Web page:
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Recently, Sony Corporation’s Consolidated Financial Results for the last Fiscal Year (which was from April 1 to March 31 2017) were published, and it’s not as rosy as one might think.

Overall, Sony’s Sales and operating revenue was ¥7,603.3, ($67,886,000) or -6.2% from the prior year’s Fiscal Year, which came in at ¥8,105.7, ($72,500,000).

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However, the Game & Network Services Division was a bright spot for Sony, with 6.3% increase in sales to 1,649.8 billion yen (14,730 million U.S. dollars). It was noted that it was primarily PS4 software sales, as while there was an increase in PS4 hardware sales, it was partially offset by the foreign exchange rate and the general price reduction on PS4 hardware.

In 2017, Sony predicts that its Game & Network Services Division to improve even further, with a 17% increase during this Fiscal Year.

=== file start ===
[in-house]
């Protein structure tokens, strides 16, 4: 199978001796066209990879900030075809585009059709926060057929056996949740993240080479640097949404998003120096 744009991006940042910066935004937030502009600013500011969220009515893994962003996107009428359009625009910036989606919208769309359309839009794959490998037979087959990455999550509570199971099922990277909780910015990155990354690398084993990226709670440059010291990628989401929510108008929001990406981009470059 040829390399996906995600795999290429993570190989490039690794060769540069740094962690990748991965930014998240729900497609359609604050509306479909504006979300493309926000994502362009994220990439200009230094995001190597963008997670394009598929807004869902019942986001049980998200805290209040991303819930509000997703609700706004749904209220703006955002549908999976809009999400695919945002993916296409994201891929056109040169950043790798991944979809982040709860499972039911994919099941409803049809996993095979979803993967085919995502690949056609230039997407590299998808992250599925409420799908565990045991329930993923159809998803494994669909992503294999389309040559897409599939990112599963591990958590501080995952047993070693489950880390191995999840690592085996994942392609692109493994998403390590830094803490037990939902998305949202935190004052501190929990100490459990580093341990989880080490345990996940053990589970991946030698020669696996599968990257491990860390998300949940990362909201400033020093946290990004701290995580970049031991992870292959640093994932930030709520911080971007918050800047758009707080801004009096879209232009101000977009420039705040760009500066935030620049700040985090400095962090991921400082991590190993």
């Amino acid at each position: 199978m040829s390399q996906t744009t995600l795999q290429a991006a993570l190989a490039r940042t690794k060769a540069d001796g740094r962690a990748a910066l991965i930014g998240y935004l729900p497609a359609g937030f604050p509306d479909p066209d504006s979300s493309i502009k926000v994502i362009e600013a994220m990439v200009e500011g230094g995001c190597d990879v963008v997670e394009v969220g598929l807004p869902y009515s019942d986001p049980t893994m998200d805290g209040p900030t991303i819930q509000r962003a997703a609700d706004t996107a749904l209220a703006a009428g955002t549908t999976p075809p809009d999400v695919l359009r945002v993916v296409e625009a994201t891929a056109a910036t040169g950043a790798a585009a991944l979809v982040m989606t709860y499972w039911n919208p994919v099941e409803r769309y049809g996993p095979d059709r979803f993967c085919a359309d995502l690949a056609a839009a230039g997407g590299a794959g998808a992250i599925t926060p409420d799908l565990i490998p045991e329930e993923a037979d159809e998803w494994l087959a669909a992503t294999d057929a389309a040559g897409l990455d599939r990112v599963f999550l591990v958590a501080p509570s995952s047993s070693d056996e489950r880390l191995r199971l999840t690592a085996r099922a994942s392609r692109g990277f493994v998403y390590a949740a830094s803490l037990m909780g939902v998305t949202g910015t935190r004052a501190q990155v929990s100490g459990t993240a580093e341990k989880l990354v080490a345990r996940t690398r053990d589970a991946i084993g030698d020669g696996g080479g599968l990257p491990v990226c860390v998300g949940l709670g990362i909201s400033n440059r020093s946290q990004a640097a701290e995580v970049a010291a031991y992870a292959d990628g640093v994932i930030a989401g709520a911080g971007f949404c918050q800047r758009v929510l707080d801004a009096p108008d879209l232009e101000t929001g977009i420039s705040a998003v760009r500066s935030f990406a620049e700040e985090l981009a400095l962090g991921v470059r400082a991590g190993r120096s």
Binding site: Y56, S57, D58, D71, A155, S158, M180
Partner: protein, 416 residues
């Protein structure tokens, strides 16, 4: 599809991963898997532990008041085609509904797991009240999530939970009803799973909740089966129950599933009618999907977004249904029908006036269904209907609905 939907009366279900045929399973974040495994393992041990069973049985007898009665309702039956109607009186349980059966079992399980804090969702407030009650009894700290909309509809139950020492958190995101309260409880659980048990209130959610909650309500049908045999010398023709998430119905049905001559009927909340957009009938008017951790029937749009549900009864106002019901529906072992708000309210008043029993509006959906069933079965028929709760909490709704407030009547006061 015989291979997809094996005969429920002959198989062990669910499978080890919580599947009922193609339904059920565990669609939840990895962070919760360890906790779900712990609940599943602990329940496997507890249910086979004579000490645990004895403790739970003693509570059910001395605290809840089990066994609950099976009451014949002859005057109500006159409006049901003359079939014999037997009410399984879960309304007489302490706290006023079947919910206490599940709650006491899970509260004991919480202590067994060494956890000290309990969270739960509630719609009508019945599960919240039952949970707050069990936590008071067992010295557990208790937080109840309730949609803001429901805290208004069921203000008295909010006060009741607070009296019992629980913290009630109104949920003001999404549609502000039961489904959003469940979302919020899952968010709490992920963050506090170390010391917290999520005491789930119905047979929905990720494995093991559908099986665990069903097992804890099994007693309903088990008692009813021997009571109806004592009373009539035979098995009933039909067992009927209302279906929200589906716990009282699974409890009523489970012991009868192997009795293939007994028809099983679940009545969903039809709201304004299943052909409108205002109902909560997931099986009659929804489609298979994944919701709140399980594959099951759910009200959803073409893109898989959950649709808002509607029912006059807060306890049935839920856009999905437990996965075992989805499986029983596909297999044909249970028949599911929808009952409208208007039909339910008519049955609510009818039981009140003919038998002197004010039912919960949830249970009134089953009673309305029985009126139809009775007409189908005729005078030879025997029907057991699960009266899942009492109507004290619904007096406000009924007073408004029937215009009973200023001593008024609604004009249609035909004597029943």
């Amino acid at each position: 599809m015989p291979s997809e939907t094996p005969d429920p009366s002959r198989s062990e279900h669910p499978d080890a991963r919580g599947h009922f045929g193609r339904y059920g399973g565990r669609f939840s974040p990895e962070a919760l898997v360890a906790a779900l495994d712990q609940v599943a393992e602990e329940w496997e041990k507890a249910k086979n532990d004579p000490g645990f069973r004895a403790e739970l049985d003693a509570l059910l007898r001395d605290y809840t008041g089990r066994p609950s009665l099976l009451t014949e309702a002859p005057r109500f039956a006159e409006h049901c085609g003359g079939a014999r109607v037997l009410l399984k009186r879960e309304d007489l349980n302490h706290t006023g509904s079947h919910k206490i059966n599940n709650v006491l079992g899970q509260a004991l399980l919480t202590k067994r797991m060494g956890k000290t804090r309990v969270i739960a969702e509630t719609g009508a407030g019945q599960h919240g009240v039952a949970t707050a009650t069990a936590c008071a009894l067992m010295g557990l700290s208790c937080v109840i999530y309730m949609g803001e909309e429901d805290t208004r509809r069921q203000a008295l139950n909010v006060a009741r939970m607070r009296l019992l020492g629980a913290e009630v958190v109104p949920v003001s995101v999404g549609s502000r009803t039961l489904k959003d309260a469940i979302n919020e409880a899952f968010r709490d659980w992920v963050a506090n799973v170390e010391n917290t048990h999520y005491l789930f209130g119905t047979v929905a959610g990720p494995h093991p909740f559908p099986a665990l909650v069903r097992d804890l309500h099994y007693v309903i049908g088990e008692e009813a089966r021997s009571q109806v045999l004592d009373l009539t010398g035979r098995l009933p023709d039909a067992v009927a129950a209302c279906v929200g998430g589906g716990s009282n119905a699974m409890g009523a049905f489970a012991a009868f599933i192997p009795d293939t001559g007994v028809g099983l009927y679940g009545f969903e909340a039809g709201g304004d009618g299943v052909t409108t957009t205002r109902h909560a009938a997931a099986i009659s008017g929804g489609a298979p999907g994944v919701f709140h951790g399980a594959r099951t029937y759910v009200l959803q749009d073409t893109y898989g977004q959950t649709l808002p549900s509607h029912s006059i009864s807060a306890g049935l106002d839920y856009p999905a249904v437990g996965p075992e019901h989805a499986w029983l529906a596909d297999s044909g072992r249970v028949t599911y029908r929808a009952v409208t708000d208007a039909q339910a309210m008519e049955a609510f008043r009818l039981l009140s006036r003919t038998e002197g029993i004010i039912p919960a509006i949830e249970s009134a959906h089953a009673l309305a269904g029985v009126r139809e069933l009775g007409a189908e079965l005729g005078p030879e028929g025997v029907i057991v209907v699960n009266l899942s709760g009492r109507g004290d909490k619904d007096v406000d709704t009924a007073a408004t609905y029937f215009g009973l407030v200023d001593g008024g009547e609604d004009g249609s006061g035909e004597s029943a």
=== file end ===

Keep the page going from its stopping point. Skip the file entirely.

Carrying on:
The PlayStation 4 was also noted to have crossed the 60 million units sold barrier, with Sony predicting a further 18 million PS4’s being sold during this current fiscal year, which will end April 18, 2018. Coincidentally, this puts the PS4 within spitting distance of the lifetime units sold of the PlayStation 3, which sold 80 million units worldwide.x332kK9

 


Quick Take

Not at all surprising, but it looks as though Sony is getting things under control. It’s certainly not the PS4’s fault that Sony is doing poorly – you can blame its Pictures and Mobile Communications for that, among others. Sony’s gaming division is something that will only continue to gain further momentum, which is something that is only a good thing for the Console market. Great games are great games after all, and the PS4’s systematic decimation of the Xbox One has led to the Xbox Scorpio, which by all accounts is a Console which will undoubtedly provide a more powerful experience for those who are waiting for Xbox to step up to the plate.

What do you think of this news? Have you bought (or are going to buy) a PlayStation Pro or an Xbox Scorpio? Let us know in the comments!


Patrick Perrault

Staff Writer

Writer for TechRaptor, who hopes to gain valuable experience in a constantly changing industry.


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